I have a confession to make. Sometimes when I really should be working, I spend time reading articles about writing, because then it’s not quite as bad as goofing off and playing Guitar Hero. And one consistent theme pops up in the articles: writers’ relationships with their books are very similar to romantic relationships. Well, since I read articles on writing romance, I suppose I shouldn’t be surprised.
And here’s another confession. I really like that analogy. One of my favorites, and I apologize if I’ve told you this before, (I have a mind like a large gauge sieve) is the wife and mistress analogy. The book you are supposed to be writing is you wife. That’s the one you’ve made the commitment to. But you’ve been together for awhile now, and as they say, “the bloom is off the rose.” The mistress is always there to tempt you. That other book. The one that’s fresh and exciting. Maybe it’s in another genre, maybe you know it’s something that will be a hard sell and the forbidden nature of it makes it all more alluring. The wife and the mistress dilemma. I’ve been in that one many times.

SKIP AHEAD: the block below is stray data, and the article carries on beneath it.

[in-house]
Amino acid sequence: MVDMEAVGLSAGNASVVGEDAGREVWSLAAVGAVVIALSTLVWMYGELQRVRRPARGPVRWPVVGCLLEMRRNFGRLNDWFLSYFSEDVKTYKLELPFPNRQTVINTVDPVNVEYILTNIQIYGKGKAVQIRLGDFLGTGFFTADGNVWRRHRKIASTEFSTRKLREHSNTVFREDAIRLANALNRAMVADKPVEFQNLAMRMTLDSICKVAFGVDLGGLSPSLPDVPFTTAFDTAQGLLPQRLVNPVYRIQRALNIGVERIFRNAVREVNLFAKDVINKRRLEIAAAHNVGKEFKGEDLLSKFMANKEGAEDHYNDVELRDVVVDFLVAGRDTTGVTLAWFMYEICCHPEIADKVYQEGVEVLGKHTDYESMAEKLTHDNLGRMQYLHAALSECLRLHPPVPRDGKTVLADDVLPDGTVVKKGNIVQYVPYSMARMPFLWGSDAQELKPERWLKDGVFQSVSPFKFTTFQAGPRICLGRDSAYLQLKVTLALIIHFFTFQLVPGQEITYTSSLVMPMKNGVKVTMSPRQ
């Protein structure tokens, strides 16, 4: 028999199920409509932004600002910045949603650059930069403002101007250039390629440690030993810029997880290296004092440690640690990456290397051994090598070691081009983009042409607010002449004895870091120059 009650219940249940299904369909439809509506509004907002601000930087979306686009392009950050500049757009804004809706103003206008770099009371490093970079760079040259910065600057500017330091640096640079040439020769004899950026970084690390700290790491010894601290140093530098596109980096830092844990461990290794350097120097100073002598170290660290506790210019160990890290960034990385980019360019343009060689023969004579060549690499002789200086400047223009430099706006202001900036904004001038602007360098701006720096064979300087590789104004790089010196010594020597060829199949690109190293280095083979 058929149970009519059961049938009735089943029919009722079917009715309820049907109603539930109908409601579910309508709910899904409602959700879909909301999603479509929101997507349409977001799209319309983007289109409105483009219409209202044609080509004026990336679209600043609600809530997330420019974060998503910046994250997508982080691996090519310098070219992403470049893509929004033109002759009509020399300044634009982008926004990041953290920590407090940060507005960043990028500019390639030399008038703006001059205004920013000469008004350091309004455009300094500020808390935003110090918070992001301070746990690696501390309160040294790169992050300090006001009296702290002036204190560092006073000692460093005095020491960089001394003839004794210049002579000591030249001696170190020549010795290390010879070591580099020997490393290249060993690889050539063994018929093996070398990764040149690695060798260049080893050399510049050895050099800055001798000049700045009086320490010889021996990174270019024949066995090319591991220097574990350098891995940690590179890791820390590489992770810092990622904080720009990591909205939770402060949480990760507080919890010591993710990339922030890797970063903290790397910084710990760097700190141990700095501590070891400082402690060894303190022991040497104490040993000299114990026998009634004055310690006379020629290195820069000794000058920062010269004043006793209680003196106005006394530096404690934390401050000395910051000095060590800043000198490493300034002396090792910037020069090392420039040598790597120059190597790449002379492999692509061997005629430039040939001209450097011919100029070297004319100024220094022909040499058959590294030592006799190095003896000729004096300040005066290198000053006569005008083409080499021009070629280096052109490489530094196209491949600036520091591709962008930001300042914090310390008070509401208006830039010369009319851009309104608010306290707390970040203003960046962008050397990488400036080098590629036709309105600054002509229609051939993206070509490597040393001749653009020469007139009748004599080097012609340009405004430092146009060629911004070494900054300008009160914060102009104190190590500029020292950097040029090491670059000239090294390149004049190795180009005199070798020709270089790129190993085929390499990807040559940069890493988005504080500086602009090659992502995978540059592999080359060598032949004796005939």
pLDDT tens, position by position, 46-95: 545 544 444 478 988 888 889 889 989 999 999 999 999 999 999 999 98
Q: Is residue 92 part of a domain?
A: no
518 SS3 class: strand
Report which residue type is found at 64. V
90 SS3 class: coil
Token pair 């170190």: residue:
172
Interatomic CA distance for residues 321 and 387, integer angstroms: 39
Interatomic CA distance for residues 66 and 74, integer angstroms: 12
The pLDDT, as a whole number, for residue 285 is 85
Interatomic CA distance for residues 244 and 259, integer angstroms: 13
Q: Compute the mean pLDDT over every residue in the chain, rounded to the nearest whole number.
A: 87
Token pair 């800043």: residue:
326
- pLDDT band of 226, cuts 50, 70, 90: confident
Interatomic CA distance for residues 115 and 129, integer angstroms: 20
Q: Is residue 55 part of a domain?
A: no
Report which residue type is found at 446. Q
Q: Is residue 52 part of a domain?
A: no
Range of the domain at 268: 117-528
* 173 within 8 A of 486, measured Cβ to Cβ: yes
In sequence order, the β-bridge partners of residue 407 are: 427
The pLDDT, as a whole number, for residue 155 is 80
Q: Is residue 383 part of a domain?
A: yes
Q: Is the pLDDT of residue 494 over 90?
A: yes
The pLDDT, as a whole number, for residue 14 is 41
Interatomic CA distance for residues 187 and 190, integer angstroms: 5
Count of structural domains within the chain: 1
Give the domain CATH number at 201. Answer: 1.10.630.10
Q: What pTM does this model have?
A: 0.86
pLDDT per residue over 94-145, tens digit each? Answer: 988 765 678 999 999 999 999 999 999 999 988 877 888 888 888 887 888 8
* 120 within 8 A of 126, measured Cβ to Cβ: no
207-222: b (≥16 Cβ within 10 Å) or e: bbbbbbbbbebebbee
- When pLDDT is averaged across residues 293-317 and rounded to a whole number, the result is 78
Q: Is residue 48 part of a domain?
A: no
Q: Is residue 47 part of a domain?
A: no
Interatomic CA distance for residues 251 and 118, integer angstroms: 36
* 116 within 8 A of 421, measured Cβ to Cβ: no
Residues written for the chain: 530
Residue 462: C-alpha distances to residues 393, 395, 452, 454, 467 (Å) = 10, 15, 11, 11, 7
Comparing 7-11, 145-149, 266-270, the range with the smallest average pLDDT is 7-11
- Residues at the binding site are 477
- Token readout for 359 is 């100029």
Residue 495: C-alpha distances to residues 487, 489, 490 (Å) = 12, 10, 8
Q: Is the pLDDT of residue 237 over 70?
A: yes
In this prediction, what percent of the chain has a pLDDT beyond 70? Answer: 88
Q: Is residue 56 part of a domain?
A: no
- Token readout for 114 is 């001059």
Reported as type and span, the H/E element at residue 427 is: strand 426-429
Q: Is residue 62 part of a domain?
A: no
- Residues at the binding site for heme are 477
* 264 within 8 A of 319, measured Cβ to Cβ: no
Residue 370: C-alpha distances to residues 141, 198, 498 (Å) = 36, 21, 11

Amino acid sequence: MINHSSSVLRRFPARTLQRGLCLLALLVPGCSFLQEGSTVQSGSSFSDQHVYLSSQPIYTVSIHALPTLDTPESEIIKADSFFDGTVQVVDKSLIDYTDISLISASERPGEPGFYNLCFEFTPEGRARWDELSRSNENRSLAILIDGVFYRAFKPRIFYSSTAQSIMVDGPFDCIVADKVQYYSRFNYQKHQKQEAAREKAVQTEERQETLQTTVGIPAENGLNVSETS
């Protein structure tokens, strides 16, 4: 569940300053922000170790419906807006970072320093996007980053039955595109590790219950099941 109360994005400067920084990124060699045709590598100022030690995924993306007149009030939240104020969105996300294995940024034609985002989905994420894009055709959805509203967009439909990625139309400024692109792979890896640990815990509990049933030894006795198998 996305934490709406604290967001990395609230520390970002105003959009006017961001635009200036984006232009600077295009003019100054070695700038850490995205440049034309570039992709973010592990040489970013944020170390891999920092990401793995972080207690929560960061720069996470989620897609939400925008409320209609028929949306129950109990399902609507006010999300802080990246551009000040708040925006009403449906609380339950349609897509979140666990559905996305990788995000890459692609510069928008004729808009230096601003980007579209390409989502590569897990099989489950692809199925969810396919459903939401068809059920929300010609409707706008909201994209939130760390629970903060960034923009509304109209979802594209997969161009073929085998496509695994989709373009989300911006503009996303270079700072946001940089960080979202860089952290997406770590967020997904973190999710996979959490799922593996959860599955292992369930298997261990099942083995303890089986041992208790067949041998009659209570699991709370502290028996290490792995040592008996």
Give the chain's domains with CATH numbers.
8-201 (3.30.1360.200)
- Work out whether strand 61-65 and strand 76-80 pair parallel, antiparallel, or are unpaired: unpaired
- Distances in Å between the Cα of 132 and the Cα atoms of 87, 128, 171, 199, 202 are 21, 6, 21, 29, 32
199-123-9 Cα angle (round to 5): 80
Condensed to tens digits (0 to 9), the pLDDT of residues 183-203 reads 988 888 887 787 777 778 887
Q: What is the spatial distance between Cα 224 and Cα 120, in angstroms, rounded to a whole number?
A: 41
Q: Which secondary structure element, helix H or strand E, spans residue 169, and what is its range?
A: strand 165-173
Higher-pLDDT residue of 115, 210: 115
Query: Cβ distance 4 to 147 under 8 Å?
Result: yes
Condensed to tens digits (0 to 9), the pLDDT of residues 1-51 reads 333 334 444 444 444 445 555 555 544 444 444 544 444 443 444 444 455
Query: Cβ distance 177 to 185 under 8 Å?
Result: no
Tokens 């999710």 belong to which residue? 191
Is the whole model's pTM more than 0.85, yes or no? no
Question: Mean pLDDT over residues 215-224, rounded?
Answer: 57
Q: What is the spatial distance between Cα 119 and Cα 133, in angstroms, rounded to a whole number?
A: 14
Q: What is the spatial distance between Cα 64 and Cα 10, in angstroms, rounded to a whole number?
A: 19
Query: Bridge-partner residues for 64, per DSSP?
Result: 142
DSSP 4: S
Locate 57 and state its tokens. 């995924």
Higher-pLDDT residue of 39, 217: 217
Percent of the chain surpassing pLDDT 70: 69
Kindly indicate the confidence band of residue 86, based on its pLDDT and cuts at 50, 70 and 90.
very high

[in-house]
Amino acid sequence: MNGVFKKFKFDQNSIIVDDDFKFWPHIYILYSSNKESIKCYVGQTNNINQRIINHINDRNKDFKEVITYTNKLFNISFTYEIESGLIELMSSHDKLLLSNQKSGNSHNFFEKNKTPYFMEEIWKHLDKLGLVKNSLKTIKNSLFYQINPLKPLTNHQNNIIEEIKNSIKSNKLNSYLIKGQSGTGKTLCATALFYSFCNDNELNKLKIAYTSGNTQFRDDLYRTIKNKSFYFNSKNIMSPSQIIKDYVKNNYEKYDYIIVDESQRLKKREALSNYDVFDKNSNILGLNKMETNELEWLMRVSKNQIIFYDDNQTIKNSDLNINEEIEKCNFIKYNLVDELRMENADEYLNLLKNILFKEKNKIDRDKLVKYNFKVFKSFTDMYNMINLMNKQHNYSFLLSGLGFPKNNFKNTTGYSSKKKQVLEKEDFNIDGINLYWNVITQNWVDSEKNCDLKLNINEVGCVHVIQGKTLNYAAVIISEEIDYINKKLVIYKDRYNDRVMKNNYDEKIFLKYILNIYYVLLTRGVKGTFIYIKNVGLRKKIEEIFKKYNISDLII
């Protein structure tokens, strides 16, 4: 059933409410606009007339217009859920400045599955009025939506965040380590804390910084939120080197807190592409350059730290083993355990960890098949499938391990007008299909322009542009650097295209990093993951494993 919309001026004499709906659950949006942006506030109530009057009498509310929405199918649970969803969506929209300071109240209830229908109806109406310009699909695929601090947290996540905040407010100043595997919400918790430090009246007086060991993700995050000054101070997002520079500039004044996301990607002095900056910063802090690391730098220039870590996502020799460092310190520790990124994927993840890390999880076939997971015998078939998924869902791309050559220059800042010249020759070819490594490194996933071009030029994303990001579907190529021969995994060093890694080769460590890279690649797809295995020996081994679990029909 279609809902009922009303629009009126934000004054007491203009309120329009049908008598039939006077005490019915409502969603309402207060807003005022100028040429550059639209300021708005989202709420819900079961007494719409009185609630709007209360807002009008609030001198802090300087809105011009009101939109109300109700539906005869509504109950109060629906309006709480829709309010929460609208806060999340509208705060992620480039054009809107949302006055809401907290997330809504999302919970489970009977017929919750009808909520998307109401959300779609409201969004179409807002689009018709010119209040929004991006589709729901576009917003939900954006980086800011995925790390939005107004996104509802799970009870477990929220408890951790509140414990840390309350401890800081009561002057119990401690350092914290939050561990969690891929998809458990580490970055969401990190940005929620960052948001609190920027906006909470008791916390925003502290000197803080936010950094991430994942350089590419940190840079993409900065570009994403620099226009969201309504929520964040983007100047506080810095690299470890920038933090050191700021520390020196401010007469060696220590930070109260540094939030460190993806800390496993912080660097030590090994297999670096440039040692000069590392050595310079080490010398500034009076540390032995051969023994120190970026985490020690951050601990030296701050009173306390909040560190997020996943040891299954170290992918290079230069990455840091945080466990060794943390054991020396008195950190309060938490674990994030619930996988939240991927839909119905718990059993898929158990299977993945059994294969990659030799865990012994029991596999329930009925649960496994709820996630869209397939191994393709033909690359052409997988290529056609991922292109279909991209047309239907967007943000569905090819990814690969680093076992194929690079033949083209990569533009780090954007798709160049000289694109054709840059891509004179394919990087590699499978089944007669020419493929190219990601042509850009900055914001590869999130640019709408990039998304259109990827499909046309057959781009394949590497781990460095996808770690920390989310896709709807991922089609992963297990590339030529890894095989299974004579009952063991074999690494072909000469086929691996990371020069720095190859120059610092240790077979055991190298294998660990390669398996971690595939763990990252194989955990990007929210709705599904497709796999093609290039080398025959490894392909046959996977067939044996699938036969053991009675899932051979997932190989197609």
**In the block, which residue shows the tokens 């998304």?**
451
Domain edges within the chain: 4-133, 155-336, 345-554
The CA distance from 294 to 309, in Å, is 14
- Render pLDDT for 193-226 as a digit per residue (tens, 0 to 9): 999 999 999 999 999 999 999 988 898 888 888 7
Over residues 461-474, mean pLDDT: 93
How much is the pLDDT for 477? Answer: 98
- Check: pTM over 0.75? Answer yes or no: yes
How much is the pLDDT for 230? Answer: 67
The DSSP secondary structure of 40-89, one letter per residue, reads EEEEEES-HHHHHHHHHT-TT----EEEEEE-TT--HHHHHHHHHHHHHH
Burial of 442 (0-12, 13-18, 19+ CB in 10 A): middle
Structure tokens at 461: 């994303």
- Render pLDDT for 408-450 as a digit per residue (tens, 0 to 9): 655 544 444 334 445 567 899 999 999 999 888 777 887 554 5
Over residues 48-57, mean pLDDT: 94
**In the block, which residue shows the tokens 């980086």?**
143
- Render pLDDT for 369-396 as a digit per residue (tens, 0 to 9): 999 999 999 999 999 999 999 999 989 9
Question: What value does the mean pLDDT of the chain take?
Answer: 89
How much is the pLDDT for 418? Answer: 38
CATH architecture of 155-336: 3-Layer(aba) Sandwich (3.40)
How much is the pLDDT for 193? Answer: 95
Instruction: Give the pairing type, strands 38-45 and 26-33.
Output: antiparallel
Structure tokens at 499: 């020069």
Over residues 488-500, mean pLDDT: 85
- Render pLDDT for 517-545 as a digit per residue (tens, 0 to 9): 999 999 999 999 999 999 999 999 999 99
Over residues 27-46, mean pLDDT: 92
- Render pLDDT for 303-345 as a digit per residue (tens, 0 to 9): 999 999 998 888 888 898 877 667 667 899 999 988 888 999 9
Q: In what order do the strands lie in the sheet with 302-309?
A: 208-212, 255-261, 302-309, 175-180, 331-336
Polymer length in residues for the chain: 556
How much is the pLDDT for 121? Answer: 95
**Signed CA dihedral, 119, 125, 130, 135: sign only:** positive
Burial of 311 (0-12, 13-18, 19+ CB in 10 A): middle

Yes, they talk about the infatuation stage you have with your book. When it’s new and magic and you’re learning all kinds of fascinating things about each other and, in the case of erotic romance, all this first time sex is seriously hot. Then you settle in and the new becomes familiar. You’re in the “sagging middle” and looking for a way to spice things up. (A little kink can help out even the most stale marriages, right?)
But the part of the relationship so near and dear and painful to my heart today is the end. Who really wants to say goodbye after all you’ve been through together? You’ve been so intimate, you know each other so well, it’s really hard to walk away. And even if you see each other again, in a sequel or as secondary characters, it will never be like it was when you were all to each other.
It’s not the beginnings or middles that challenge me most as a writer. It’s the endings. Some of it is being a pantser. If I know the ending completely, I lose interest in the story. I have to remember that as much as I love these characters, the reader is probably more ready than I am to say good-bye. You want to leave the party while everyone is still having a good time, not drag it out to the awkward turn- off-the-lights-and-turn-down-the-music stage. So when is enough? When do you know that you’ve given the reader exactly the payoff they crave without over-staying your welcome? When is it time to break up and move on?